2007 Colts

Don Wassall

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The world champions have more white players on their roster at the beginning of the 2007 season than any other NFL team -- 24, or just over 45%. Which means that for at least the 15th consecutive season there is not a single franchise carrying a white majority of players.


One would think that out of pure chance, one team might every now and then have 27 or more white players out of the 53 on its active roster. Even the NBA occasionally has a majority white team, witness the Utah Jazz. But at least the last 480 NFL rosters have been majority black, and maybe a lot more than that as the exact year such a now-extinct beast existed isn't known for sure, though the Buffalo Bills teams of the early 1990s are good candidates. Amazing isn't it how white men suddenly became incapable of playing many football positions after decades of playing them at a high level in an integrated NFL?


The Colts are led by the great Peyton Manning, a true genius of a quarterback who may well go down before he's through as not only the best quarterback of all time but the best football player ever. Don't wait until the end of his career to appreciate him; appreciate him now while he's at the height of his powers.


The very rarely used Jim Sorgi is again Manning's backup.


Per usual, the Colts start four white offensive linemen, who always give Manning superb protection but somehow are always ignored when it comes to Pro Bowl voting, as are many other worthy white linemen. Ryan Lilja holds down the left guard spot, Jeff Saturday the ninth year player out of North Carolina is the center, Jake Scott is the right guard, and Ryan Diem is the right tackle.


The white backup linemen are Dylan Gandy, Michael Toudouze, and Daniel Federkeil.


Indy starts two tight ends, Dallas Clark and Ben Utecht. Former first round draft pick Clark was used a lot in last year's playoffs as the team's slot receiver, where he was huge. He's sure handed and very good running after the catch. He would lead a lot of teams in receptions, but on the Colts he's destined to be only the third or fourth option.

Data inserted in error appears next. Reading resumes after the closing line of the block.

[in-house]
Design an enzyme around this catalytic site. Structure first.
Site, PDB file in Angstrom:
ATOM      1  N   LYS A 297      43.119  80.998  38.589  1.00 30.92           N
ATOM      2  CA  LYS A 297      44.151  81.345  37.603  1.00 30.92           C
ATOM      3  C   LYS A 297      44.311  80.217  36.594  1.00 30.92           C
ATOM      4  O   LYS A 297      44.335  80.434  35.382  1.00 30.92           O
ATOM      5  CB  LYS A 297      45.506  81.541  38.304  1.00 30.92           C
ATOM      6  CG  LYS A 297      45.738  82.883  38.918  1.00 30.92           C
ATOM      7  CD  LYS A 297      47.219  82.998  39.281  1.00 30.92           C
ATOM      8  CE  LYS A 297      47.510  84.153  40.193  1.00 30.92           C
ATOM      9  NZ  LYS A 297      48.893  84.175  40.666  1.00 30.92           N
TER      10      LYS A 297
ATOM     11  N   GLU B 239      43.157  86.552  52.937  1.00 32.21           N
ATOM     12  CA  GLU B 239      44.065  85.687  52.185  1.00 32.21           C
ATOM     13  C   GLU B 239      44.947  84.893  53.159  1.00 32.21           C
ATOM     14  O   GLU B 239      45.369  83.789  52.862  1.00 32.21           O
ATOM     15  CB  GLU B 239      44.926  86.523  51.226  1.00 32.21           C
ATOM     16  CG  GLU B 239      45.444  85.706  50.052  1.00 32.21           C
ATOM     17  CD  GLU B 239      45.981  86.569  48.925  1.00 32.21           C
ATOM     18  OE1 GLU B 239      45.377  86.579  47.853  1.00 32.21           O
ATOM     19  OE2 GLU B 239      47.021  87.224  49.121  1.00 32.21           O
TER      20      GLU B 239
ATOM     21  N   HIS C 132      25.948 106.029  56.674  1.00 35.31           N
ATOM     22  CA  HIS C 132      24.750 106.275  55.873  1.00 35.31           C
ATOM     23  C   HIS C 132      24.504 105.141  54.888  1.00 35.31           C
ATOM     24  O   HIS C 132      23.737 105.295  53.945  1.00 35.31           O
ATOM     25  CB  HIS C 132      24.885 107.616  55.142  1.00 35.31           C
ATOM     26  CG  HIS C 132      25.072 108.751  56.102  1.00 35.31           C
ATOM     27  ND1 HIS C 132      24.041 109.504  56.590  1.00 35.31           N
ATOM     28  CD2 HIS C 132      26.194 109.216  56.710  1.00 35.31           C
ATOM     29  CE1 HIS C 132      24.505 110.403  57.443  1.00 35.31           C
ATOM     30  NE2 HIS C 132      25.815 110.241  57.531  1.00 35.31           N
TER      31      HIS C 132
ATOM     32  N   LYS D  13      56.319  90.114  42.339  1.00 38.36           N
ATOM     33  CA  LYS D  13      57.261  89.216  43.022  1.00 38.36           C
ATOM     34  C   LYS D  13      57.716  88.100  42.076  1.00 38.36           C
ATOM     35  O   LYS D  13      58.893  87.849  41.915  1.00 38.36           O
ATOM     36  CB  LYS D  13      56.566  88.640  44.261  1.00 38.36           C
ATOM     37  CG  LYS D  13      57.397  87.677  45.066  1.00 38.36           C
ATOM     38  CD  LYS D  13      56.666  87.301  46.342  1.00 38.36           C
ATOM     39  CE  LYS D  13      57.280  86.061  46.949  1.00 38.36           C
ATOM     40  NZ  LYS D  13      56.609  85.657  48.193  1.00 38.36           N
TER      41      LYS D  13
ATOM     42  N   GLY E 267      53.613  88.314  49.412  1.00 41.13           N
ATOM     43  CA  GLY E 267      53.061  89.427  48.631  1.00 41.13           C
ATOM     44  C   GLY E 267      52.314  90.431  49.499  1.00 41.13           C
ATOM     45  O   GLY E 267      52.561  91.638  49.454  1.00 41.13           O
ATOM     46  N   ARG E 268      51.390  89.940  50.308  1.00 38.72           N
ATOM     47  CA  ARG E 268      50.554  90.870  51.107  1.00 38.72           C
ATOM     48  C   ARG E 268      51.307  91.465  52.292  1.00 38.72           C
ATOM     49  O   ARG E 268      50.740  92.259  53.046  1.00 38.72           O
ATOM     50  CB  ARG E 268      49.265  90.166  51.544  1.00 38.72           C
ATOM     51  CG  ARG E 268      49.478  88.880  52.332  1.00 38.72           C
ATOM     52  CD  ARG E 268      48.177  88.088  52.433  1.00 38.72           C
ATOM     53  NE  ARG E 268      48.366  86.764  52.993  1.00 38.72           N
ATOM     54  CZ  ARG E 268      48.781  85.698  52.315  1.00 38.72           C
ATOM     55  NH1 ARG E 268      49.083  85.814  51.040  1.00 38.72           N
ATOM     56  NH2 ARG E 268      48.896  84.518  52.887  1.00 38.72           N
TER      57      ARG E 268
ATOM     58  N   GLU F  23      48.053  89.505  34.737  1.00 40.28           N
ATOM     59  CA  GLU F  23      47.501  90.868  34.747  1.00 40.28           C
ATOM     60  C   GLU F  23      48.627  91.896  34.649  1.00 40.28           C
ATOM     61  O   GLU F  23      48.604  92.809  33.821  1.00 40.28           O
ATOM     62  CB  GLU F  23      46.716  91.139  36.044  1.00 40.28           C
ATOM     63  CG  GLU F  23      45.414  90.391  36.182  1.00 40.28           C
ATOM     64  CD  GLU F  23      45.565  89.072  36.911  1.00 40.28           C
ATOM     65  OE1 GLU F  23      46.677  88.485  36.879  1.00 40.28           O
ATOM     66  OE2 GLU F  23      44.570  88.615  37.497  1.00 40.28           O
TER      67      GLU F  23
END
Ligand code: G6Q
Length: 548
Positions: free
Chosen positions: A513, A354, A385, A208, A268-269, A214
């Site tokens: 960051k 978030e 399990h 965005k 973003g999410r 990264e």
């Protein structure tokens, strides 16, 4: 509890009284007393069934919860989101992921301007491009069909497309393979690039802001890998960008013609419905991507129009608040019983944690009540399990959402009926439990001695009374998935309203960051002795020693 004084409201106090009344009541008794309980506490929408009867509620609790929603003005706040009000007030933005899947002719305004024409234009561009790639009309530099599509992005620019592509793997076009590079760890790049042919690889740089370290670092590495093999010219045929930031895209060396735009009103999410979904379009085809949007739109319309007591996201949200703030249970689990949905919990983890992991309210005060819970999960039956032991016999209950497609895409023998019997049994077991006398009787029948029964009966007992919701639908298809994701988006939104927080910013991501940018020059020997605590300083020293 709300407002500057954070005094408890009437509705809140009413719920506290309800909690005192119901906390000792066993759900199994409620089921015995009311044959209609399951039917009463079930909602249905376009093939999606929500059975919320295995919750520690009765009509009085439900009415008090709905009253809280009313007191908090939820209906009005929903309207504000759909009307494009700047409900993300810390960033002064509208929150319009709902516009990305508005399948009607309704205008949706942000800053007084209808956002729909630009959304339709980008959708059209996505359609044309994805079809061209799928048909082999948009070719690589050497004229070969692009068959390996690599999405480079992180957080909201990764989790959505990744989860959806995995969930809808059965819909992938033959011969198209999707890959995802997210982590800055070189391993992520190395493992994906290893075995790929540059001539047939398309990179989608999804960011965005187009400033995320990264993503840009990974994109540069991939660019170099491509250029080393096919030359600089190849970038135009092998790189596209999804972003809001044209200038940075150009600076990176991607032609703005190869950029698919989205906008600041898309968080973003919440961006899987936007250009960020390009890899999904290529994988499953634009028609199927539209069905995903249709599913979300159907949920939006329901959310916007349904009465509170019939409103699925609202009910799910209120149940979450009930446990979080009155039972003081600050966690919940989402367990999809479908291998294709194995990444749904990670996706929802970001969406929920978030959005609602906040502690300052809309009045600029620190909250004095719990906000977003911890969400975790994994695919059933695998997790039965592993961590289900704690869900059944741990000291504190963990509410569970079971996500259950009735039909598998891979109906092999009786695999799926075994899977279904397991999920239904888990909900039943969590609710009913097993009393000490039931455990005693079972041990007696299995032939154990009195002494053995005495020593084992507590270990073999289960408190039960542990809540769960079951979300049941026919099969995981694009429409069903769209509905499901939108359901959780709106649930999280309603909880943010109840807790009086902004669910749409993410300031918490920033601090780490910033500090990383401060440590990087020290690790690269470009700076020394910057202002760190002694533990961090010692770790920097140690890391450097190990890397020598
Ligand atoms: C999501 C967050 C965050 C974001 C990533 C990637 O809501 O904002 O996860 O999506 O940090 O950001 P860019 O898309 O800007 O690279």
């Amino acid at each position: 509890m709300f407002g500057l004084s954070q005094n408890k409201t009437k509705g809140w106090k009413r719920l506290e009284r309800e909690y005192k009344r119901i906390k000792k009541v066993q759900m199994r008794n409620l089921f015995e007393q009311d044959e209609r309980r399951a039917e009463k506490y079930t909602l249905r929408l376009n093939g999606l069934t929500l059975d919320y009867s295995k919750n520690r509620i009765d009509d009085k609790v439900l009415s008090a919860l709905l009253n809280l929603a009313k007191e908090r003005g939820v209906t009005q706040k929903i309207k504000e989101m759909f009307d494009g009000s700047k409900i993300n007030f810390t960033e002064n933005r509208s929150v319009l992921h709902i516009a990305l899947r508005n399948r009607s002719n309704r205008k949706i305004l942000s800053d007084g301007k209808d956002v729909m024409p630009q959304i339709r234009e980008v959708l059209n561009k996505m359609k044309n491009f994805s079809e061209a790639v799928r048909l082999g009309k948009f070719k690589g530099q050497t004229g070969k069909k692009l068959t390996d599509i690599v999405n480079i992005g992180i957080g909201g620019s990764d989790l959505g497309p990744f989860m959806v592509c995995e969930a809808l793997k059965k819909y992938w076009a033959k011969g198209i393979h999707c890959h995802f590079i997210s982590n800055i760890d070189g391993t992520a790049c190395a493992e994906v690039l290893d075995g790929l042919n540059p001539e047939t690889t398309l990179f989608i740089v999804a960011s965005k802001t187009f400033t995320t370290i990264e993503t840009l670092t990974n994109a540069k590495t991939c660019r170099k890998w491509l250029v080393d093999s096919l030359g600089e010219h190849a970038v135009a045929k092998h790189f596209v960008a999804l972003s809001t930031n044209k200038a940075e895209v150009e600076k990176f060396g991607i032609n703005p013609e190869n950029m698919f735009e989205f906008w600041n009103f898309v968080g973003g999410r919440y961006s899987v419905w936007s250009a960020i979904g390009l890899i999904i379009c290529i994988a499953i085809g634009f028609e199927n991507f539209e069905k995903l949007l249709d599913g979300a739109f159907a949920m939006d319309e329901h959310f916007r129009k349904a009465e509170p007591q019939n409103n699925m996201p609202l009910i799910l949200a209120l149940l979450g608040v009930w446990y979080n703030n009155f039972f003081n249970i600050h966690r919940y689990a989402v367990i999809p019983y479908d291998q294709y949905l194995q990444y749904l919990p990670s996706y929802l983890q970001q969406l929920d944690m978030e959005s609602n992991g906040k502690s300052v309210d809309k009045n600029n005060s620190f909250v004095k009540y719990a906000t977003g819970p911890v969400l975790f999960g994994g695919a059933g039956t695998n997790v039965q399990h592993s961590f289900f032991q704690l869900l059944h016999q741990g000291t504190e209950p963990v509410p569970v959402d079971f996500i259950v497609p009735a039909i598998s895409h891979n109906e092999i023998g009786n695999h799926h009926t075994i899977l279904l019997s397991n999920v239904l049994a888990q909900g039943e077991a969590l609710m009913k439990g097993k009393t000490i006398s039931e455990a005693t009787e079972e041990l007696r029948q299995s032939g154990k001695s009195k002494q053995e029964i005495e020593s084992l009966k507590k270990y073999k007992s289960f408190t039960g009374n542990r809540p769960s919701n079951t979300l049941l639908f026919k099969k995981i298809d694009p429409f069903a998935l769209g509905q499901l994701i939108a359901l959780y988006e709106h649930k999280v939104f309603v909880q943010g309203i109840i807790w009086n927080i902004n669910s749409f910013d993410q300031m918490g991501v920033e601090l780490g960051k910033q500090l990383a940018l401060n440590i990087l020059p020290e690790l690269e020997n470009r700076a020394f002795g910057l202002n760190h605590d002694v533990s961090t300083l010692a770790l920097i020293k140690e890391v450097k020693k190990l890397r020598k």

This year's first round pick was WR Anthony Gonzalez from Ohio State, who is of predominantly white descent. Gonzalez and Matt Jones (in 2005) are the first two white receivers drafted in the first round since 1976. Gonzalez is the slot receiver, playing the "Brandon Stokley role" named after Stokley's big season in 2004. He is very fast and hopefully will replace Marvin Harrison after he retires.


Luke Lawton, a 6'0" 240 pounder out of McNeese State, is Indianapolis' third string tailback, the only running back in the NFL other than Brian Leonard of the Rams, and "fullback" Heath Evans of the Patriots, who is "allowed" to run the ball occasionally. The odds are very good that Lawton will never be "allowed" to run the ball barring injuries in the same game to Joseph Addai and Kenton Keith.


The Colts have just one white starter on defense, but a lot of white backups by current NFL standards. Rob Morris, a one-time first round draft pick of the Colts who was thought to be relegated at best to a backup role, regained a starting job at outside LB late last season and was the key player in the team's startling defensive turnaround. He starts again in 2007.


Sixth year player Rocky Boiman from Notre Dame backs up Morris.


Josh Thomas plays a lot of end in the Colts' line rotation, but has yet to secure a starting position. Dan Klecko also sees a fair amount of action, mainly at tackle these days, but it's a shame this talented and hard-playing athlete has yet to be given a starting position somewhere, having lined up in the NFL at fullback, tight end, linebacker and d-lineman, but always as a role player.


Quinn Pitcock is a rookie tackle from Ohio State. End Jeff Charleston out of Idaho State is in his second NFL season.